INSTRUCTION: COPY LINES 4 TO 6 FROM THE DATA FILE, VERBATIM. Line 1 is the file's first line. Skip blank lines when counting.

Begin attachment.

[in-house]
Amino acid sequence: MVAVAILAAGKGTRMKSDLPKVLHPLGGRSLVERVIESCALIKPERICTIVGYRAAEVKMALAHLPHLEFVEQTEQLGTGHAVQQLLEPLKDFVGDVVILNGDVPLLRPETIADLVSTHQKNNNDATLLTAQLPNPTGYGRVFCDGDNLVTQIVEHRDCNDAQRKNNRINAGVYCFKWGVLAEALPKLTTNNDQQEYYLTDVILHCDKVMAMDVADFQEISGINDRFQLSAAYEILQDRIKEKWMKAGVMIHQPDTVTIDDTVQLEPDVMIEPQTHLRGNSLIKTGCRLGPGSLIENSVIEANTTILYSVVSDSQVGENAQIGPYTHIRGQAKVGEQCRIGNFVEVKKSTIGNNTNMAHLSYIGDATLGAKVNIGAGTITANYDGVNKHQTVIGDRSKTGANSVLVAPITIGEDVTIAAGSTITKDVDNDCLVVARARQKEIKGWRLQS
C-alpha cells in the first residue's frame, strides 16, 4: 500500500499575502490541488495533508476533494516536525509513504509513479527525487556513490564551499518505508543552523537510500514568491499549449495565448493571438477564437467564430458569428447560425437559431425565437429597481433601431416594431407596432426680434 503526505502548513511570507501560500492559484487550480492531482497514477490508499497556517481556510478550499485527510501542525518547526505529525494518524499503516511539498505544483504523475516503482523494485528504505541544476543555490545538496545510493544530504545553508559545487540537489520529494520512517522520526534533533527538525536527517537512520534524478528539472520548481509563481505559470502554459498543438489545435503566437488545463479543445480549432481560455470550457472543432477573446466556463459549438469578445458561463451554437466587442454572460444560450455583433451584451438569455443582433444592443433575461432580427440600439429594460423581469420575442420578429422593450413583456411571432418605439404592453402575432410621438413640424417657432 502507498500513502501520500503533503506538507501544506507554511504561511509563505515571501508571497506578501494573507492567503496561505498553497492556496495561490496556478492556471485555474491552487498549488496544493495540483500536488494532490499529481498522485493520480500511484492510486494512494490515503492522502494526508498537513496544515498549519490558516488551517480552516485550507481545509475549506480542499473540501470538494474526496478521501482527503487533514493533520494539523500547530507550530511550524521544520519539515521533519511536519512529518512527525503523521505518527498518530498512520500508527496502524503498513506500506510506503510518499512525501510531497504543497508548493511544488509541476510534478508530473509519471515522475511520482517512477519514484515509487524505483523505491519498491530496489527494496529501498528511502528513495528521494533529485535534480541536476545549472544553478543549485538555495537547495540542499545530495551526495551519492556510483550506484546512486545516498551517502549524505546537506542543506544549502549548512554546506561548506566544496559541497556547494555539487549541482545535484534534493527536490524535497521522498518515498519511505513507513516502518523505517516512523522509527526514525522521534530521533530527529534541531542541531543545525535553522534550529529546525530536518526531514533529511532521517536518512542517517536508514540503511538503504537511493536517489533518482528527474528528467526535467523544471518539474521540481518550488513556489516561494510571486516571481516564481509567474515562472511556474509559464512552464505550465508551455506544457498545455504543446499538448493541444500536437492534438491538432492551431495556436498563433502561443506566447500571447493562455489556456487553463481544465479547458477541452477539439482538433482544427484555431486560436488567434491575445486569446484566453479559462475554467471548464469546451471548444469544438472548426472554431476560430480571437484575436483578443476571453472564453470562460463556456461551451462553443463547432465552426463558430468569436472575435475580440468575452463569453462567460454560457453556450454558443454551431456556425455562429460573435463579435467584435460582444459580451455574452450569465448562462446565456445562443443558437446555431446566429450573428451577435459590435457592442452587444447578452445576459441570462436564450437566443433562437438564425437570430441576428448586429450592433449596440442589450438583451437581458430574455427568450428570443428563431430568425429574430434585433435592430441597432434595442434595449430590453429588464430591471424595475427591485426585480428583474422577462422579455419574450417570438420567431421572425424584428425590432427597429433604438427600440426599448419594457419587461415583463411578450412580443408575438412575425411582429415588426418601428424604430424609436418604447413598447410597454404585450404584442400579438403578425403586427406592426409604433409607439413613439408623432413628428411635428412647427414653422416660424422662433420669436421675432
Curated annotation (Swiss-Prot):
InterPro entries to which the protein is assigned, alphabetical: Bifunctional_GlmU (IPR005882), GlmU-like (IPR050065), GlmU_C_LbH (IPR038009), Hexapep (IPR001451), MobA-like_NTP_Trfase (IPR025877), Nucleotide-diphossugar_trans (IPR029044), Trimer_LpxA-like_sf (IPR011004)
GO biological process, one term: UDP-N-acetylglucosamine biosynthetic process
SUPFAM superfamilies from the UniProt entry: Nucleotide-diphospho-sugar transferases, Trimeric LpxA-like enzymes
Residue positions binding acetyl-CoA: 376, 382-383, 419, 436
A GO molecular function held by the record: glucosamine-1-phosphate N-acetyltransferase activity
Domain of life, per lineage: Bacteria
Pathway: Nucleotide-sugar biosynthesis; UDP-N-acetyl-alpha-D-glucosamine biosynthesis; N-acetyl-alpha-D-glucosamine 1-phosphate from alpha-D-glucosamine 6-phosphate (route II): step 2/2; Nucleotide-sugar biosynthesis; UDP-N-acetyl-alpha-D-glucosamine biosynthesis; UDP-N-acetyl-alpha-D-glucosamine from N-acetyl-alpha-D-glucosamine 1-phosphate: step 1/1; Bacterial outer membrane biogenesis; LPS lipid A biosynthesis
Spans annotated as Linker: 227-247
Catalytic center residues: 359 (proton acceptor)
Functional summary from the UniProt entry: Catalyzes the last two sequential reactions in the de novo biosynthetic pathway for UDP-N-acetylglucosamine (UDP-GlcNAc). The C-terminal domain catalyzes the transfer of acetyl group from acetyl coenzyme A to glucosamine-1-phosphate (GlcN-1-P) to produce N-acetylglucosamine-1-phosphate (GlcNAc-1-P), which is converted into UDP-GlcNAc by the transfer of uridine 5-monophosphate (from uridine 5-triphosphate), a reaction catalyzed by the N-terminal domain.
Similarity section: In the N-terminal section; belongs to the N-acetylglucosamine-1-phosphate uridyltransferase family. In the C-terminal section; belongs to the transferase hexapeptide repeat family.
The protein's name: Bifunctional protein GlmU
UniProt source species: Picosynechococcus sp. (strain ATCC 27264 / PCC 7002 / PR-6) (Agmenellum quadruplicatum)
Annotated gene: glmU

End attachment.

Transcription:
Curated annotation (Swiss-Prot):
InterPro entries to which the protein is assigned, alphabetical: Bifunctional_GlmU (IPR005882), GlmU-like (IPR050065), GlmU_C_LbH (IPR038009), Hexapep (IPR001451), MobA-like_NTP_Trfase (IPR025877), Nucleotide-diphossugar_trans (IPR029044), Trimer_LpxA-like_sf (IPR011004)
GO biological process, one term: UDP-N-acetylglucosamine biosynthetic process